There’s some psychological function deep in our brains that tells us, “Well, I just spent six hours watching this show, I must like it a lot.” When, no, its script is actually a mediocre piece of hot trash and you’re being manipulated by cliffhangers and bad writing for hours on end to keep watching.

The same way you get hijacked into scrolling through social media way more than you’d actually like to, your brain gets hijacked to watch “just one more episode” to find out if so-and-so really died or not.

Recently , there was a movie that is so entertaining that anyone who views even a small portion of it will give up all desire to do anything else in life in order to keep watching. 

“Alchemy Of Soul” got its viewers on top of their feet. Viewers were always waiting patiently to find out what happened to their favorite character “Naksu”, who happens to shift souls using the “Alchemy Of Soul”.

Episodes was dropped weekly on Netflix and viewers will long for more.  It pains me to say that we mistake this addictive media for entertainment.

A similar problem is the YouTube, where the biggest creators to rack up millions of views doing insane things like opening a thousand Amazon boxes or giving away cars to their friends, over and over and over again.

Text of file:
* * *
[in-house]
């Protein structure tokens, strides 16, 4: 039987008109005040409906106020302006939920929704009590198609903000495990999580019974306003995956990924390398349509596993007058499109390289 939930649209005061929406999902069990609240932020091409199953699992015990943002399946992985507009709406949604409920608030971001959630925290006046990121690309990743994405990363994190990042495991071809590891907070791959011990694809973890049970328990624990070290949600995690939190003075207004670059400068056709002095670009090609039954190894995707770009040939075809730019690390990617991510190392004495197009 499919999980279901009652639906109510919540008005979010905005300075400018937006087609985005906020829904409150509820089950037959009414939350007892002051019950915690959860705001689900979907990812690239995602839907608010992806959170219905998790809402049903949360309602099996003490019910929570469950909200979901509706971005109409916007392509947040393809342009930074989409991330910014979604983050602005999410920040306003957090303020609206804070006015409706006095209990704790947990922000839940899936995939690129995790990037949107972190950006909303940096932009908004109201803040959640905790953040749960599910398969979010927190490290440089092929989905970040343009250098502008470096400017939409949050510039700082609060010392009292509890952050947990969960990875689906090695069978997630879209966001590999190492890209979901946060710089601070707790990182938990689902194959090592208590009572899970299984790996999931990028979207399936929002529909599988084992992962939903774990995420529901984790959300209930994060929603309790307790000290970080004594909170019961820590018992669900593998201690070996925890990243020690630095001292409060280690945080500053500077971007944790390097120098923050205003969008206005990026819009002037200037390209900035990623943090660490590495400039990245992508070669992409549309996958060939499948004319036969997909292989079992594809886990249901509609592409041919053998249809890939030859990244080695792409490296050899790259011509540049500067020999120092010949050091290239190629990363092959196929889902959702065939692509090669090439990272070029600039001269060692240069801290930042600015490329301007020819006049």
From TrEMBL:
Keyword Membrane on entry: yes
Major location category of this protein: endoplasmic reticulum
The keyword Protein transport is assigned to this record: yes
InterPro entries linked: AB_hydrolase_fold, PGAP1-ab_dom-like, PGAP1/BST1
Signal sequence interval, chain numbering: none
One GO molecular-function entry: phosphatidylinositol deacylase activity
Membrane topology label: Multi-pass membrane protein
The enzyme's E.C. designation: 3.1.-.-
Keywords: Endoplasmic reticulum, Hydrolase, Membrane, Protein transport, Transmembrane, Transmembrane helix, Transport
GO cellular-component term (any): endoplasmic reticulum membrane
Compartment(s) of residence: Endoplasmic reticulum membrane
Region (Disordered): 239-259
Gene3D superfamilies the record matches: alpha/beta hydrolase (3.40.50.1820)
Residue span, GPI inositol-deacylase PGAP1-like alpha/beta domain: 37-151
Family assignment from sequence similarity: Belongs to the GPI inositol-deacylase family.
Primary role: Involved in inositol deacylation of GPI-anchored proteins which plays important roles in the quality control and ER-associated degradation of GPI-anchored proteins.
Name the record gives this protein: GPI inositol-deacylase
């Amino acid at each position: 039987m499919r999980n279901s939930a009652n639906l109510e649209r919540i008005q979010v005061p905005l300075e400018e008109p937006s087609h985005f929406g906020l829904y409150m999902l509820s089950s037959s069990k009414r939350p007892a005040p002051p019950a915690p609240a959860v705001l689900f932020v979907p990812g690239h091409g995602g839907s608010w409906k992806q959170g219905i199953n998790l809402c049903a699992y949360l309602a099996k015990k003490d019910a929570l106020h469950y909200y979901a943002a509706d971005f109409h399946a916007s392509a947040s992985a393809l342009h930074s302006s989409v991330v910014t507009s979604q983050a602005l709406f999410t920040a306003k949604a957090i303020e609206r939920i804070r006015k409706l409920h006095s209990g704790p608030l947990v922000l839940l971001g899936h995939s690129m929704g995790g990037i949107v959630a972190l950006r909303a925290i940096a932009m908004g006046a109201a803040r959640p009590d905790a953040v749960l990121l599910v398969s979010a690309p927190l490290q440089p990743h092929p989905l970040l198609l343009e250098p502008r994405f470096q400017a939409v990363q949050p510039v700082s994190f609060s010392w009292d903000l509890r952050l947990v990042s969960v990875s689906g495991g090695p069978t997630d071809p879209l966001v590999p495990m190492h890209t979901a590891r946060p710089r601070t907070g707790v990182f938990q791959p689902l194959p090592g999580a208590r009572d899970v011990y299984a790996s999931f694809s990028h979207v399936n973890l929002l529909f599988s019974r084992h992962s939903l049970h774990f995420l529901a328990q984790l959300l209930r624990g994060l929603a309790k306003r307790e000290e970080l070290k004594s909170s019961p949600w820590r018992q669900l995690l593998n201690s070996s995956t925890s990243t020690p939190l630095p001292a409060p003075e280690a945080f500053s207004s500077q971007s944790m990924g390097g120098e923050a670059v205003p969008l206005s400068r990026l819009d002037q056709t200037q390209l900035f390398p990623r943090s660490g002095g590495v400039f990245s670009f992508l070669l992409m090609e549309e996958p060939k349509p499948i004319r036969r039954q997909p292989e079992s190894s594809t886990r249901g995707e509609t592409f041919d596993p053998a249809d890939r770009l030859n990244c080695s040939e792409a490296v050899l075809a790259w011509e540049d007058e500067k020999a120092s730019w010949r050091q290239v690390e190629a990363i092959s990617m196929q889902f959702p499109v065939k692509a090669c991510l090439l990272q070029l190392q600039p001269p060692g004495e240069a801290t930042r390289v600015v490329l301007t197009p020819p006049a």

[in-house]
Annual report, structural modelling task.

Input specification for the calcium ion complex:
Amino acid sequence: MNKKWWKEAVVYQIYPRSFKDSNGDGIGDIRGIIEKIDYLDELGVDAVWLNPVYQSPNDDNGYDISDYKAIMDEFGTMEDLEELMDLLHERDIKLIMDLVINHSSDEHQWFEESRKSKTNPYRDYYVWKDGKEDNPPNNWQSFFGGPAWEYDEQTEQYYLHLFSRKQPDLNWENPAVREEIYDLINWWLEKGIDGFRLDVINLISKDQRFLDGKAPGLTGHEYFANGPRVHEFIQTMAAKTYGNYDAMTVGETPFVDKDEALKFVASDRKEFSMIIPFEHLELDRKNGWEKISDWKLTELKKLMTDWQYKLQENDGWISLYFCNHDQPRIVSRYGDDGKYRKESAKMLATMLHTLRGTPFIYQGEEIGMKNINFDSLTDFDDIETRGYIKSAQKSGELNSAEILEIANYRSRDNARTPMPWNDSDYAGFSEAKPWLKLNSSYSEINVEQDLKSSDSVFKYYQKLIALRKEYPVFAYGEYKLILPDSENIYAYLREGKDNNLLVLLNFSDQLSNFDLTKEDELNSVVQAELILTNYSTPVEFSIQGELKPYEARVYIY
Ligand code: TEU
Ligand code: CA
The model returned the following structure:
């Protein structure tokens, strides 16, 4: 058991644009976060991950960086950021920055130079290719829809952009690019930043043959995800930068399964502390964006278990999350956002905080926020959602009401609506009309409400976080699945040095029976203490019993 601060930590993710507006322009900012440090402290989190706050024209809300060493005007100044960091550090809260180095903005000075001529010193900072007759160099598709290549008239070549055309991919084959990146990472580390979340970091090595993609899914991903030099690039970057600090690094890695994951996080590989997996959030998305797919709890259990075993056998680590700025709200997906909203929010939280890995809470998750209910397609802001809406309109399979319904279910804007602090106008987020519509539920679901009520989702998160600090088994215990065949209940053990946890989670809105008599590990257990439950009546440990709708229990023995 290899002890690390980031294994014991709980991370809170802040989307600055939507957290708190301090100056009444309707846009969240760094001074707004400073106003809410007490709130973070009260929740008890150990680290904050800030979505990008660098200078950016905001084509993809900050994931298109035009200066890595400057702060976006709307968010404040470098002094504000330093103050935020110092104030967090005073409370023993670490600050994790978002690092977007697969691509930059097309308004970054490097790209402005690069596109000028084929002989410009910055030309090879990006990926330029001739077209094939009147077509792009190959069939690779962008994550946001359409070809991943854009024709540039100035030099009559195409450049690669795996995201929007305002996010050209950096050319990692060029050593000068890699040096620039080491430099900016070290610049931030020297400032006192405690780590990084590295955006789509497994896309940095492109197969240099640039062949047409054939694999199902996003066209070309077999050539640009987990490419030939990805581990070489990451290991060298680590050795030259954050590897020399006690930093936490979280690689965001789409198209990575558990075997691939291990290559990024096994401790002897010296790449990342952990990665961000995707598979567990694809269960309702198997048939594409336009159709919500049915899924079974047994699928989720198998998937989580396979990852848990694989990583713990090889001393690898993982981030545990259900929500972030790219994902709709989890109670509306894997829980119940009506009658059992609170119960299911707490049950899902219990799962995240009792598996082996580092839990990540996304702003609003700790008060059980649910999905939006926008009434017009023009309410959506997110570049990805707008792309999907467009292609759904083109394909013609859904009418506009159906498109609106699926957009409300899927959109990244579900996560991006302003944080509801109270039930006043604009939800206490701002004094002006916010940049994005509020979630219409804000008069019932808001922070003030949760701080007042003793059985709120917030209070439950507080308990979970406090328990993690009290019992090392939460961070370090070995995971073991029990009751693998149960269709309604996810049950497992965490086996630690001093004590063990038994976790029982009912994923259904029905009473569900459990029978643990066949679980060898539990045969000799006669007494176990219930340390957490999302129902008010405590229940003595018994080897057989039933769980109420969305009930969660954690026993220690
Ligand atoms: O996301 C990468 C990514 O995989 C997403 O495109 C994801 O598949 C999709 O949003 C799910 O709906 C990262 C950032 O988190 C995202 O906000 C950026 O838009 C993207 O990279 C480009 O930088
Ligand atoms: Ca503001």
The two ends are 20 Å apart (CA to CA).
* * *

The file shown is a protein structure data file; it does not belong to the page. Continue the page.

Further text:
On the one hand, it’s not that interesting. On the other, you find yourself mindlessly clicking on the next video, and the next, and the next, and the next.  It pains me to say that we mistake this addictive media for entertainment.

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When everything is measured in terms of engagement, content will be optimized for addictiveness. Not entertainment or artistic merit. Not intellectual substance or creativity. Pure, plain addictiveness. That means we, the consumers, get a higher quantity of more predictable, less innovative, less interesting art in our lives.

Ultimately, nobody can manage our attention by ourselves. We can get mad at Netflix or Spotify. But these systems are loose reflections of our own attention habits shining back at us.

Change our attention, change the systems. There’s an old saying that people “vote with their feet.” Well, today you need to vote with your eyeballs.

  Don’t watch the next episode of that poorly written piece of garbage that keeps teasing you with characters almost dying. Don’t listen to the next half-assed album with 27 different two-minute tracks. Don’t click on clickbait.

Don’t mindlessly scroll through TikTok and YouTube, rewarding people for attention-grabbing stunts. And don’t watch or respond to politicians and pundits who try to blather on and on about pet issues but never actually get anything done.

By Amodu Temitope

Lagos State University.

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